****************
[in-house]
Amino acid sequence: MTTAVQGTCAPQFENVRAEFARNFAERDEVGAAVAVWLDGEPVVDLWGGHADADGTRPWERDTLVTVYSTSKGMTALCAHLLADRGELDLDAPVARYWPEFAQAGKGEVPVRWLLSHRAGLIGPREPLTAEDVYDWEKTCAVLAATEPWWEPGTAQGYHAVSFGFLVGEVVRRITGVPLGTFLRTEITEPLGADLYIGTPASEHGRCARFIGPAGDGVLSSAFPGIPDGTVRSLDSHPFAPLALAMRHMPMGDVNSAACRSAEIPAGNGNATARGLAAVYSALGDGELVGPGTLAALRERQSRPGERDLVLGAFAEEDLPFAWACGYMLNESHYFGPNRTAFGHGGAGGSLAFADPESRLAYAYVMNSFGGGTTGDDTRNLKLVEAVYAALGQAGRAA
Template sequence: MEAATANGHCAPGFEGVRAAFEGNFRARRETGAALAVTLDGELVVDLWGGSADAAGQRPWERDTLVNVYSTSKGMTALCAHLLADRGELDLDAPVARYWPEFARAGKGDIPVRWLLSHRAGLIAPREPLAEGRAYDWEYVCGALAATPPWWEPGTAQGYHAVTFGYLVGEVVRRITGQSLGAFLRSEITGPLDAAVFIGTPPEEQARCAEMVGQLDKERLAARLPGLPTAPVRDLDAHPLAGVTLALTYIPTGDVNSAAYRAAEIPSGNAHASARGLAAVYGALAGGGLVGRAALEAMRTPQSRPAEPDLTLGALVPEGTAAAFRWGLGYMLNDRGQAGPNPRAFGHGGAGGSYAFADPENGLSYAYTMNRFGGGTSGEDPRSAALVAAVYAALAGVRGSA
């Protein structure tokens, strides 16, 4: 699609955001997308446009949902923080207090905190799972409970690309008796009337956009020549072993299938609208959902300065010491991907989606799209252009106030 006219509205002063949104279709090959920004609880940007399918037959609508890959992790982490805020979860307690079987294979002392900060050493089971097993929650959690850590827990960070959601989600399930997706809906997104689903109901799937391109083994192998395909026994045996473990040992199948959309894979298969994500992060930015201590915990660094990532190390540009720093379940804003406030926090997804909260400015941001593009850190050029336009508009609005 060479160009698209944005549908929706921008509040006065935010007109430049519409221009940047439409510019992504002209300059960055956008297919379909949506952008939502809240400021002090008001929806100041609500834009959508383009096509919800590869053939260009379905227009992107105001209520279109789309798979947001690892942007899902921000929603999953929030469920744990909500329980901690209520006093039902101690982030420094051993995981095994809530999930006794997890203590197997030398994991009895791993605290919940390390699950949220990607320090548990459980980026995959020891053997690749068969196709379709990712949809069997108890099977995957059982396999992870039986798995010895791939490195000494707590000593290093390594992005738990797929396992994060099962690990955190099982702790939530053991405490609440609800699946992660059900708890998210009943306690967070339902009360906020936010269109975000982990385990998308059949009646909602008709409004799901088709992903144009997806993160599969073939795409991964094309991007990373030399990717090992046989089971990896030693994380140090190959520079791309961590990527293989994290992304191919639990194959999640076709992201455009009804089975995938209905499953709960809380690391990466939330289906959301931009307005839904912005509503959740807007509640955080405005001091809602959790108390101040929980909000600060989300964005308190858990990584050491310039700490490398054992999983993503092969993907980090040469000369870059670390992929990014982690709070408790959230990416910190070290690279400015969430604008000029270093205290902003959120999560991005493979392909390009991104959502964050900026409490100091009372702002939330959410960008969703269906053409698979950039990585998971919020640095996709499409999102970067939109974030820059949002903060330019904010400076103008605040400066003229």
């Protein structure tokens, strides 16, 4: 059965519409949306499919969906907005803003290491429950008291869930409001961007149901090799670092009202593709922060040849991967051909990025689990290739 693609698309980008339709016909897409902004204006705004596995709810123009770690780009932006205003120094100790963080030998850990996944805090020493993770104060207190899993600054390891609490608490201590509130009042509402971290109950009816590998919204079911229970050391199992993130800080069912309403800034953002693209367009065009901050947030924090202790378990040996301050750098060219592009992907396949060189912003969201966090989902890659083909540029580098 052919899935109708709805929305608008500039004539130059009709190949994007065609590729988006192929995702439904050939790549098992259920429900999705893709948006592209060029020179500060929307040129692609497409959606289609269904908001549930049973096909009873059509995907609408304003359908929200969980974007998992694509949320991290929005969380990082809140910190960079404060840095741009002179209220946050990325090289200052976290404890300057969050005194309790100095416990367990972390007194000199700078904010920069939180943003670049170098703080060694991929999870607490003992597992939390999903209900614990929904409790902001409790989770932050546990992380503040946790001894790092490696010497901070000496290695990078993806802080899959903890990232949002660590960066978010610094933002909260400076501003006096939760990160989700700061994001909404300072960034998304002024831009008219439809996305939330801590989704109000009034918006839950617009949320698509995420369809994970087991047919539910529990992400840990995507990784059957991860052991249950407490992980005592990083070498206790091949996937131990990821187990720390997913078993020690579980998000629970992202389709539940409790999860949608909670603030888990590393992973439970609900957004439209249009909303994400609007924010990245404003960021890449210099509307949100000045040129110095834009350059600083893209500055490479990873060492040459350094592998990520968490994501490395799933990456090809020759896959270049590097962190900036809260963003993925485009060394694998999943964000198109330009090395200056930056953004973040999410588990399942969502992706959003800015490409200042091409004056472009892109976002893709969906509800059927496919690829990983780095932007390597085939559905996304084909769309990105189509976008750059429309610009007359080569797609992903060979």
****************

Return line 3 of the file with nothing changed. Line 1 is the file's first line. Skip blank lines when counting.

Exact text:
Template sequence: MEAATANGHCAPGFEGVRAAFEGNFRARRETGAALAVTLDGELVVDLWGGSADAAGQRPWERDTLVNVYSTSKGMTALCAHLLADRGELDLDAPVARYWPEFARAGKGDIPVRWLLSHRAGLIAPREPLAEGRAYDWEYVCGALAATPPWWEPGTAQGYHAVTFGYLVGEVVRRITGQSLGAFLRSEITGPLDAAVFIGTPPEEQARCAEMVGQLDKERLAARLPGLPTAPVRDLDAHPLAGVTLALTYIPTGDVNSAAYRAAEIPSGNAHASARGLAAVYGALAGGGLVGRAALEAMRTPQSRPAEPDLTLGALVPEGTAAAFRWGLGYMLNDRGQAGPNPRAFGHGGAGGSYAFADPENGLSYAYTMNRFGGGTSGEDPRSAALVAAVYAALAGVRGSA